0

Mideast Weekly Roundup

By Saturday, July 15, 2017

A historic water deal between Israel and Palestine was brokered this week with support from Jason Greenblatt, President Donald Trump’s Middle East peace envoy. In what Greenblatt hailed as an “important step forward,” Israel will provide Palestinian territories with millions of cubic meters of water per year and give water to the West Bank and Gaza at a reduced rate. The water will eventually be supplied via a preexisting World Bank-sponsored plan to link the Dead Sea and the Red Sea by pipelines and a desalination plant in Jordan. “Water is a precious commodity in the Middle East,” Greenblatt said. “The United States welcomes the agreement reached by the Palestinian Authority and the government of Israel, which will allow for the sale of up to 33 million cubic meters of water from Israel to the PA. I am proud of the role that the United States and our international partners have played in helping the parties reach this deal, and I hope it is a harbinger of things to come.”

The Pentagon has confirmed that Abu Sayed, the Islamic State’s leader in Afghanistan, died in an airstrike earlier this week. In a statement, Chief Pentagon Spokesperson Dana White said that the attack was carried out on the Islamic State’s headquarters in Kunar Province, Afghanistan, on July 11. “ISIS leaders chose Abu Sayed to lead the group after Afghan and U.S. forces killed the previous [ISIS-Khorasan] leaders … in late July 2016,” she added. Sayed was considered the emir of the Afghan branch of the militant group. “It’s obviously a victory on our side in terms of setting them back,” said Secretary of Defense James Mattis. “It’s the right direction.” According to Gen. John Nicholson of U.S. Forces Afghanistan, Sayed was the third emir killed in Afghanistan this year. “We will continue until they are annihilated,” he said. “There is no safe haven for ISIS-K in Afghanistan.”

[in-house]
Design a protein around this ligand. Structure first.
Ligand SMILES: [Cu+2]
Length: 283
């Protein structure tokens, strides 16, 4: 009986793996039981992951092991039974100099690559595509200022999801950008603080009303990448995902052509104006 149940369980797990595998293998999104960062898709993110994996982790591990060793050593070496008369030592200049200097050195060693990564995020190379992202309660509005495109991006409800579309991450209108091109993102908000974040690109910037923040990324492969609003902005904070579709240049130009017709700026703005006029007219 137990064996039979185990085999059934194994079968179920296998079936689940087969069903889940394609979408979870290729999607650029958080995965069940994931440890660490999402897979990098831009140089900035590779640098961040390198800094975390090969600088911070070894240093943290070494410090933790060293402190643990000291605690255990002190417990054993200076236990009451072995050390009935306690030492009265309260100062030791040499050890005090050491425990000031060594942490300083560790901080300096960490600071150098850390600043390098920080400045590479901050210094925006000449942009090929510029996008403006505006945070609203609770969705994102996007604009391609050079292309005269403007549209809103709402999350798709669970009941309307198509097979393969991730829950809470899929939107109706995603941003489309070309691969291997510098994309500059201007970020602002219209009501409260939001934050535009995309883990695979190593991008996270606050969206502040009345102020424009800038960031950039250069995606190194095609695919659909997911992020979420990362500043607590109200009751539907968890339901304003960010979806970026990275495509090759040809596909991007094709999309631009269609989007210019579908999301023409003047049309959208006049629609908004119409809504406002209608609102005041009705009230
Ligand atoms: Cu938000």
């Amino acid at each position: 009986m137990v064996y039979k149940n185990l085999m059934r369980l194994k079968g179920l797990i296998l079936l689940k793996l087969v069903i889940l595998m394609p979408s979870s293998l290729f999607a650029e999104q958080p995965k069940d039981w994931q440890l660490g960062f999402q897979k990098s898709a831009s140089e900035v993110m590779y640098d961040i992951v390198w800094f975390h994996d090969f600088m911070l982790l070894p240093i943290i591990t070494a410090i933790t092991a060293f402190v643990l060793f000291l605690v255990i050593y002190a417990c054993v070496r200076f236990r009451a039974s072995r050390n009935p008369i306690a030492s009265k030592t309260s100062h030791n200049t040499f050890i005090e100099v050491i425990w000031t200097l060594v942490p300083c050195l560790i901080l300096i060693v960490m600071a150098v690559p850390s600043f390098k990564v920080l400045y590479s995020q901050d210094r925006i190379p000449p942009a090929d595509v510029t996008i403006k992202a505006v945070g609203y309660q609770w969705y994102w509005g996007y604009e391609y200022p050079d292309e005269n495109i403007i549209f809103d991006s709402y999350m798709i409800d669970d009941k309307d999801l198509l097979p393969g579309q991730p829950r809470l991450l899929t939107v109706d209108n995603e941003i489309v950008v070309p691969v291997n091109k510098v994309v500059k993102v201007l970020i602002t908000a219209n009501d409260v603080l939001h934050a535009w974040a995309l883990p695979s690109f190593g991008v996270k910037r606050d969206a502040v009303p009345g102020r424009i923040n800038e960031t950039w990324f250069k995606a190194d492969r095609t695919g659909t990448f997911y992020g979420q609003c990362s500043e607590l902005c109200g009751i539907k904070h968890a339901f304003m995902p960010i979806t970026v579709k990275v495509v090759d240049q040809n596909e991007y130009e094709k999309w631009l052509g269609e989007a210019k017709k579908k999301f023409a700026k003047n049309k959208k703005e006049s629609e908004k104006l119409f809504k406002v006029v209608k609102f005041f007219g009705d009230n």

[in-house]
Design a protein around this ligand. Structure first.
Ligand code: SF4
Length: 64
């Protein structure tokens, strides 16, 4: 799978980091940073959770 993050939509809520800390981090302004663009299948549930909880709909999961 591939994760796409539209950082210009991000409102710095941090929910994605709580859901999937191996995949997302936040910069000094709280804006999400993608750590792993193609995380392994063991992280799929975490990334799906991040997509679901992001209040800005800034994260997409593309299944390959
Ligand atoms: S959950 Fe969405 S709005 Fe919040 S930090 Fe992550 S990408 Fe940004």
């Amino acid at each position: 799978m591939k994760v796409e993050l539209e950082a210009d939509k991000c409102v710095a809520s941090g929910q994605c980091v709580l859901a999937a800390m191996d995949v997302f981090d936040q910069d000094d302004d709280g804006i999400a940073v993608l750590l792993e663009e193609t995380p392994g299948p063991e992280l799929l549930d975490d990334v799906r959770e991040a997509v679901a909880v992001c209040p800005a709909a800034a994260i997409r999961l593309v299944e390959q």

Saudi Arabia announced this week that it will finally lift the nationwide ban on allowing schoolgirls to participate in sports. For the first time, females in Saudi public schools will be taught physical education in a move praised by the international community. The Saudi Education Ministry, which announced the change, did not specify which types of physical activities would be covered, but said that they will be introduced gradually and will be “in accordance with the rules of Sharia.” Female students will still not be permitted to participate in driver’s education. Calling the move “overdue reform,” Human Rights Watch Director of Global Initiatives Minky Worden added, “This important step forward can advance human rights and health for women despite the daunting legal hurdles that remain in the country.”